Getting heat into beer with Habanero Chilis

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Bad Bubba

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I am experimenting to make a habanero IPA. I am putting chopped habanero peppers into the secondary. I have initially put one pepper in but after a few days there was only a hint of heat. I then added another chopped pepper and after a couple of days there is a nice warmth in the throat and down to stomach but no kick or heat in the mouth. I am wondering if it is even possible to get any kick without ruining the beer.

I was wondering if anyone had experimented with peppers in beer and what the results were. I am debating adding another pepper or to create a tincture with vodka and try adding that. This is a small test batch.
 

501irishred

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I typically make a tenure by chopping peppers and soaking them in vodka for a week or two. It’s easier to get the heat level where you want it than adding peppers to a secondary, but there’s certainly nothing wrong with what your doing either, just more trial, error, and time is needed. Keeping in mind “Mo Hotta Mo Betta”!!
 

501irishred

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BTW - you can leave them in solution indefinitely. I use the tenture as well as the peppers for cooking too! It’s turned into my preferred long term storage method. Way easier than canning, and you can add them as they ripen in the garden without needing “enough for a batch”. Here’s some habanero and ghost peppers from last years crop.
 

Still Brewn

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Damn! Why didn't I think of that! The SWMBO is a vodka girl so we always have some. I only ever use it to sterilize my wood... what a waste.
I grow peppers for cooking, pickles, relish, dehydrated seaoning and Cajun spice mix and end up composting close to half because its not enough to fire up the dehydrator for days at a time. Why isn't that in cooking 101?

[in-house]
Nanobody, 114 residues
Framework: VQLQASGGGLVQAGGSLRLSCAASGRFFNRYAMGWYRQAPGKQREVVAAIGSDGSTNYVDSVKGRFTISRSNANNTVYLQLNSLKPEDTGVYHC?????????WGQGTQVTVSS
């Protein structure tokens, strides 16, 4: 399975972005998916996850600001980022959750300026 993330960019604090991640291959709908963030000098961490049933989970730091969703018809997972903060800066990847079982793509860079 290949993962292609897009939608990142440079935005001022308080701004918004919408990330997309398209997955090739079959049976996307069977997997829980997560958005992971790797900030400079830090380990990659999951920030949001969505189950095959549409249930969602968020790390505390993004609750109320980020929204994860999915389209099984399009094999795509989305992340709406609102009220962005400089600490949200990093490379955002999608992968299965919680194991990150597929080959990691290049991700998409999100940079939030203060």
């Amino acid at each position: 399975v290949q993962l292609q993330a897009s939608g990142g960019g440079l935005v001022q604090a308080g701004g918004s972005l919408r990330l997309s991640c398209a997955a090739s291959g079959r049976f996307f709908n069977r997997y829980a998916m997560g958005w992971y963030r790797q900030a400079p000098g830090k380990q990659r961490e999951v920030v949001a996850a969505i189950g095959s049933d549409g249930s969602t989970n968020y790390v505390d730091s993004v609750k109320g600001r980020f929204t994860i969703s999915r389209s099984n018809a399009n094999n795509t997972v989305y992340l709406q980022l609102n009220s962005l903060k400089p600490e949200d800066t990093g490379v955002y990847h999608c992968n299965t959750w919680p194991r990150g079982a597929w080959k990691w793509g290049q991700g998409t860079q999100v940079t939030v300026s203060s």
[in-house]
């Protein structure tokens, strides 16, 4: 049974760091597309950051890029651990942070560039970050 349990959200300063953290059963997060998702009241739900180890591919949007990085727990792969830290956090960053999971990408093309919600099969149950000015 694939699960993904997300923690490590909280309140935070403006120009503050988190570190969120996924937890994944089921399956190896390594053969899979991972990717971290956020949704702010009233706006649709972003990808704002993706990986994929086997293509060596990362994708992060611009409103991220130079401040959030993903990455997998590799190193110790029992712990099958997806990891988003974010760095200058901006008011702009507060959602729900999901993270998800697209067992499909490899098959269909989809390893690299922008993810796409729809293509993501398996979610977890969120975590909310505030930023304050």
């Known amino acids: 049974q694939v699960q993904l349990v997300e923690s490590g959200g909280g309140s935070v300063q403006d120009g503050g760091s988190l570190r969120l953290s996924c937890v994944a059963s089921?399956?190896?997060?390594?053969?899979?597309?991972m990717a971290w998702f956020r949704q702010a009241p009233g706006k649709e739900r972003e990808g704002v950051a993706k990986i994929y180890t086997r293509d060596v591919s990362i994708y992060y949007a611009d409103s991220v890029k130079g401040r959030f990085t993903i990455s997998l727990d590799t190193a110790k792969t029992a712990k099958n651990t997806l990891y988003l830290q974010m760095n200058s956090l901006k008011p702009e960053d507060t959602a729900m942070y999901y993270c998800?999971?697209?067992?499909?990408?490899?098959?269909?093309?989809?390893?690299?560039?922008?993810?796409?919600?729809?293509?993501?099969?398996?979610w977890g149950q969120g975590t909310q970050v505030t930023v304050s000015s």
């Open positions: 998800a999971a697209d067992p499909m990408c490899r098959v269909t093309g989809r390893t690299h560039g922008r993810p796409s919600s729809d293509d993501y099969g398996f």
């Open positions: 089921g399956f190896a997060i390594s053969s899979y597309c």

I know I could stick them in vinegar but I don't like the results in food with that. I wasted close to 10 lbs of habanero last year through the season.
 

Northern_Brewer

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Also you can put them in oil, or freeze them....?

I must admit, for me a little chilli goes a long way in beer, it's really easy to overdo it. It can be great when it works though - here in the UK Orchard Pig do a ginger and chilli cider that is delicious, precisely because it is quite subtle and manages to balance the two in a way that most commercial chilli and/or ginger drinks fail to do.
 

Qhrumphf

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I've had the best results in terms of both flavor and heat adding the whole pepper (sliced up). I still soak em overnight in just enough vodka to cover and add it all.

I've tried both straight vodka tincture, as well as evaporating off the vodka down to pepper oil. The latter smells like holy death fire, especially with habs, but takes a lot of it (more than just adding the peppers straight would). And this was several weeks of the peppers soaking, too. Probably needed a higher vodka to pepper ratio.

Either way it didn't seem particularly efficient compared to a vodka sani and just adding the peppers directly.

I've also had luck (with chipotles in this case) just adding em late boil and leaving them in the beer through fermentation.
 
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Bad Bubba

Bad Bubba

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I kept tasting for several days after adding the second pepper. The heat has increased to the point where I like it - still light on the initial mouth burn but better - I will see what the impact of carbonation on that. I am starting a vodka tincture with habanero chili so my next experiment will be to try that. Thanks for the feedback.
 

Imhoppy

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Kama Citra IPA extract kit from Northern Brewer. Modified with one habanero - seeds and all diced up fine and soaked for 3 days in 4 oz. Hornitos 100% agave tequilla, strained and added during kegging time. Great citra taste with tequilla notes and a slight lingering but pleasant warmth that is just right. Call it "Citrabanero". I'm gonna do this one many more times.
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